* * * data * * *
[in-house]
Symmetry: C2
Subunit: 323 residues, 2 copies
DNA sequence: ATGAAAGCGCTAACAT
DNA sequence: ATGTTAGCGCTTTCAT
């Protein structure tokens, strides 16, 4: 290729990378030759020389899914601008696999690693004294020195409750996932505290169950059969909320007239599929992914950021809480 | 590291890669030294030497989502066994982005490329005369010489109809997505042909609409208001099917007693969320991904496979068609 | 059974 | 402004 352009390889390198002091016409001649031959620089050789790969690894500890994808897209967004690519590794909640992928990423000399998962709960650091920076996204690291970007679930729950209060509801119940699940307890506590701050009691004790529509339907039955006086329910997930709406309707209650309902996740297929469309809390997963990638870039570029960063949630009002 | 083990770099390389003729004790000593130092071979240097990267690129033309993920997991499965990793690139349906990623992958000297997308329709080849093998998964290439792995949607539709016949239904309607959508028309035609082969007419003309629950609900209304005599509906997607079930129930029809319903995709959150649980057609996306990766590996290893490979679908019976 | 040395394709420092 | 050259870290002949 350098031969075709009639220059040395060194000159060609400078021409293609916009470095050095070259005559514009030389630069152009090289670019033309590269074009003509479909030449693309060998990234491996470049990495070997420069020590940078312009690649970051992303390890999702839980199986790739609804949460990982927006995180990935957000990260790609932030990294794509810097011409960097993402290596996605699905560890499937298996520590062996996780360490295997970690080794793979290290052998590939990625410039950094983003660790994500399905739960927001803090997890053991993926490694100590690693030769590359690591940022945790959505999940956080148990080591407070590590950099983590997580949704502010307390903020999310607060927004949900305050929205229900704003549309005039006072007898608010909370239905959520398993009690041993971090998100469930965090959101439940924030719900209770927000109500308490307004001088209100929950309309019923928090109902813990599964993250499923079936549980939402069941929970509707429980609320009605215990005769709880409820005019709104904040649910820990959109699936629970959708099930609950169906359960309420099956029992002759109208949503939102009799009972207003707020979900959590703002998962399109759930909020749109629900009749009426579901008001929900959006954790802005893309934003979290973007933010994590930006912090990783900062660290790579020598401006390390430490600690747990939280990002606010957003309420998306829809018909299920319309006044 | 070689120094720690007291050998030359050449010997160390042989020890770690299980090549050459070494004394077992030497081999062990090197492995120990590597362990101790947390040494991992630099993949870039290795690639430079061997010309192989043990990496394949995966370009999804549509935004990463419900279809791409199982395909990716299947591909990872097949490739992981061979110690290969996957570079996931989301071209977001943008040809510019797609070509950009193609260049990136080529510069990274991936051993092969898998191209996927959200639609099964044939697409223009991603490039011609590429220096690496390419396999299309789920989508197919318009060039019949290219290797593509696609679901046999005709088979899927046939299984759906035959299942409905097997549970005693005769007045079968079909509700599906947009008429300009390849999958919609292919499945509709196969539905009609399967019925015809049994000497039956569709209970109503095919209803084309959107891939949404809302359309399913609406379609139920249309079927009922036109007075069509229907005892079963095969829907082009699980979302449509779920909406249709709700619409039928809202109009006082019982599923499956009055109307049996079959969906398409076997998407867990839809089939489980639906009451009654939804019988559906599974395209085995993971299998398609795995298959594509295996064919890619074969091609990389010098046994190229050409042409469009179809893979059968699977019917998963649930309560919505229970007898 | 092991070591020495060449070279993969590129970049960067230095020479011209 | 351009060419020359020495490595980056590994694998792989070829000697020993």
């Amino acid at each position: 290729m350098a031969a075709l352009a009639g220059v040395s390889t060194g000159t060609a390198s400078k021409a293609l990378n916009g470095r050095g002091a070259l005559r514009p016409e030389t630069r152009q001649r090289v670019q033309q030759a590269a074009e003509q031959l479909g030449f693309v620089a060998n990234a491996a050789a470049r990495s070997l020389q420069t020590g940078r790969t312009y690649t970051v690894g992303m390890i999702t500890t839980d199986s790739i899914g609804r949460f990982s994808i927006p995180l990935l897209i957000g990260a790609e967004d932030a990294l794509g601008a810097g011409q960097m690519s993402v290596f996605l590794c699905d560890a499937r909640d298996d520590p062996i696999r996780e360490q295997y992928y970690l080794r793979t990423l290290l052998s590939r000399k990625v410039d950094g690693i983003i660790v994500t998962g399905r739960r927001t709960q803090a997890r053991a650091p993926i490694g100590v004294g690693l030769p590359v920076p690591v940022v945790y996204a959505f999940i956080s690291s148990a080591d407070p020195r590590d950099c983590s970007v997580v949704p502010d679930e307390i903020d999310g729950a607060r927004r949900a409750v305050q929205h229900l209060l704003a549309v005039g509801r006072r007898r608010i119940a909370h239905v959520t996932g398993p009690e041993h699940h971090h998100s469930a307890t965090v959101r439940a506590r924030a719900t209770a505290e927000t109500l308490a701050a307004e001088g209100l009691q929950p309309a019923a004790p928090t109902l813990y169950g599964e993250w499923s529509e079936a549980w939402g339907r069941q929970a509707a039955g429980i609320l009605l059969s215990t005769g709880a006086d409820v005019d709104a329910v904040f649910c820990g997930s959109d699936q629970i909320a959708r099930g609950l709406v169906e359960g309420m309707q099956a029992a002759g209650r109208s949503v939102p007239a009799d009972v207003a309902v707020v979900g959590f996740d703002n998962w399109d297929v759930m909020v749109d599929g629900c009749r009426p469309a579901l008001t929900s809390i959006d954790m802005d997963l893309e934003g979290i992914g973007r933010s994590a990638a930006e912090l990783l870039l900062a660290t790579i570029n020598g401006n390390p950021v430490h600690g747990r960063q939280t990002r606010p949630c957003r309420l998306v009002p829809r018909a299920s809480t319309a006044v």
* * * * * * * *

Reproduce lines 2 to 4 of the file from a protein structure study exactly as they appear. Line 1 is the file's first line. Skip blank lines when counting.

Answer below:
Symmetry: C2
Subunit: 323 residues, 2 copies
DNA sequence: ATGAAAGCGCTAACAT